It’s been a busy few weeks for the MED!  Between the Transporter Industry Bulletins and Public Health Advisories, there has been a lot to keep track of.  In addition to these recent updates, the MED also recently published a new Position Statement.  We are especially excited about this Statement because it hits on digital records – a topic near and dear to our hearts.

For those that don’t know, Complia provides a comprehensive record management system that was specifically designed for the cannabis industry.  It’s the best way to capture all of those most important compliance and licensing docs.  Our system stores and manages anything from State Licenses, Local Licenses, zoning permits, facility diagrams, signed manifests, visitor logs, pesticide application logs, Serv-Safe certificates, and much, much more.  Many of our clients often ask – “This is great, but what does the MED have to say about digital records?”  We finally have our answer!

The recent industry bulletin dives into this topic in detail, but the short answer is a resounding yes, digital records are compliant!  However, the position statement stipulates two requirements:

  • “…electronic records must be available on-demand at the Licensed Premises to the Division and be in a format that is functionally accessible at the Licensed Premises to the Division.” and;
  • The records must be maintained “in a format that is readily understood by a reasonably prudent business person.”

Complia’s record management system absolutely meets both requirements.  (See the position statement here! or page down) Our system is accessible on demand and it’s very readily understood by a prudent business person (or just about anyone who has ever used a computer for that matter!).  With this topic cleared up, now would be a great time to ask yourself “Why aren’t we using Complia?”  Drop us a line to schedule a demo – teamcomplia@mycomplia.com

 

Yours in Compliance,

Alex

marijuana compliance expert

 


August 1, 2017

Sent via email

Jeff Wilson, Esq.

McAllister Garfield, P.C.

501 S. Cherry St., Ste. 480

Denver, CO 80246

jeff@mcallistergarfield.com

Dear Mr. Wilson:

This letter is in response to your request for a Statement of Position pursuant to Rule R 104(A), 1 CCR 212-2, dated June 28, 2017. Your inquiry requested a Statement of Position from the Marijuana Enforcement Division (“Division”) as to the following question:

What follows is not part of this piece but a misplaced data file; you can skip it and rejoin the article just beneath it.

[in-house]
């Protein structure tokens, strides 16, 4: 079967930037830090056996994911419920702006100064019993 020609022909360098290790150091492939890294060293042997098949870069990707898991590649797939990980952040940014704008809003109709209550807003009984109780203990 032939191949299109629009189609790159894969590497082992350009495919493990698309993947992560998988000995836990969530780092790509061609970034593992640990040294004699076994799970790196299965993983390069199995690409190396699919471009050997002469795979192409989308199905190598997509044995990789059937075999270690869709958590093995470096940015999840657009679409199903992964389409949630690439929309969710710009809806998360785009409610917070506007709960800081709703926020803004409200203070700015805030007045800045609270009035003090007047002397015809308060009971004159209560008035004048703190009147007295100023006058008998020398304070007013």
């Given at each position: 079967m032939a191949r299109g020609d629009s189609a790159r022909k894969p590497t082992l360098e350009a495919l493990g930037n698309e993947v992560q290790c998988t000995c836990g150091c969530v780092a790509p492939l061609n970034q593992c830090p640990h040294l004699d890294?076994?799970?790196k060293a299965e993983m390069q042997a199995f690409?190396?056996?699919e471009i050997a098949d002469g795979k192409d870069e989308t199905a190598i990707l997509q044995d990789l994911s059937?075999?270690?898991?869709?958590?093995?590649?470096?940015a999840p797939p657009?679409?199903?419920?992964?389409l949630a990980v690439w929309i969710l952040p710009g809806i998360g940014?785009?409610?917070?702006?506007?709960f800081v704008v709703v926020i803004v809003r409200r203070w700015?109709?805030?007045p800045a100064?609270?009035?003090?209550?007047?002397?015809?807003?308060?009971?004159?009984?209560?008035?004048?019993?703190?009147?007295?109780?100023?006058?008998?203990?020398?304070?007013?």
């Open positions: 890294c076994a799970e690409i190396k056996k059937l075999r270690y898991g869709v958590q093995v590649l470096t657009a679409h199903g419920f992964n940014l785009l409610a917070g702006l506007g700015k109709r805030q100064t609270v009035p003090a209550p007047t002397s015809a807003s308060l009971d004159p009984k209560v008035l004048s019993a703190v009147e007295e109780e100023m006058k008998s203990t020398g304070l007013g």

“Specifically, I am asking for clarification on whether digital records immediately accessible from a licensed premises qualify as ‘on premises’ within the meanings of Rules R 901(A)(2)(a), 1 CCR 212-2 and M 901(A)(2)(a), 1 CCR 212-1. Would such determination depend on whether or not the licensee possesses a means of promptly providing the Division with copies of digital records upon demand, such as a printer, removable hard drive, cloudbased technology allowing electronic sharing of records with the Division, or other means?”

Electronic Business Records

The Colorado Medical Marijuana Code and the Colorado Retail Marijuana Code each require that a licensee retain all books and records necessary to fully account for the business transactions conducted under its license(s) for the current year and three preceding calendar years. §§ 12-43.3-701(3) and 12-43.4-701(3), C.R.S. The Codes also require a licensee to provide the Division with access to these books and records for examination. §§ 12-43.3- 701(2) and 12-43.4-701(2), C.R.S. See also Rules M 901(A), 1 CCR 212-1, and R 901(A), 1 CCR 212-2.

The Rules further specify that Medical Marijuana Businesses and Retail Marijuana Establishments must maintain on the Licensed Premises1 at all times books and records for the preceding six months (or complete copies of such records). Rules M 901(A)(2)(a), 1 CCR 212- 1 and R 901(A)(2)(a), 1 CCR 212-2.

Neither the Codes nor the Rules prohibit a licensee from maintaining records it is required to keep in an electronic format. See Rules M 901(B), 1 CCR 212-1 and R 901(B), 1 CCR 212-2; 1 Capitalized terms used but not otherwise defined herein shall have the definition as ascribed to them in the Medical Marijuana Code, 12-43.3-101, et seq., C.R.S., Retail Marijuana Code, 12-43.4-101, et seq., C.R.S., and rules promulgated thereto. 2 DR 4095 (06/12/14) see also Rules M 901(A)(2)(a), 1 CCR 212-1 and R 901(A)(2)(a), 1 CCR 212-2 (providing that the on-premises record keeping requirement may be satisfied by maintaining a “complete copy” of required records).

Electronic Records Accessible from a Licensed Premises

Electronic records that are accessible from, but not physically located at, a licensee’s Licensed Premises may satisfy Rules M and R 901(A)(2)(a)’s requirements. In order to be compliant, such electronic records must be available on-demand at the Licensed Premises to the Division and be in a format that is functionally accessible at the Licensed Premises to the Division. See Rules M 901(F), 1 CCR 212-1 and R 901(F), 1 CCR 212-2.

Further all business records must be maintained “in a format that is readily understood by a reasonably prudent business person.” Rules M 901(A)(1), 1 CCR 212-1, and R 901(A)(1), 1 CCR 212-2. As such, whether maintained in hard copy or electronically, the format of any records provided to the Division must be a format that would be readily understood by a reasonably prudent business person.

Finally, please also note that, pursuant to Rules M 901(B), 1 CCR 212-1, and R 901(B), 1 CCR 212-2, any loss of electronically-maintained records shall not be considered a mitigating factor for violations of the rules. Licensees are required to exercise due diligence in preserving and maintaining all required records. Id. Further, violation of Rules M 901, 1 CCR 212-1, and R 901, 1 CCR 212-2, may constitute a license violation affecting public safety. Rules M 901(C), 1 CCR 212-1 and R 901(C), 1 CCR 212-2.

Thank you for your inquiry.

Sincerely,

James Burack

Director

Marijuana Enforcement Division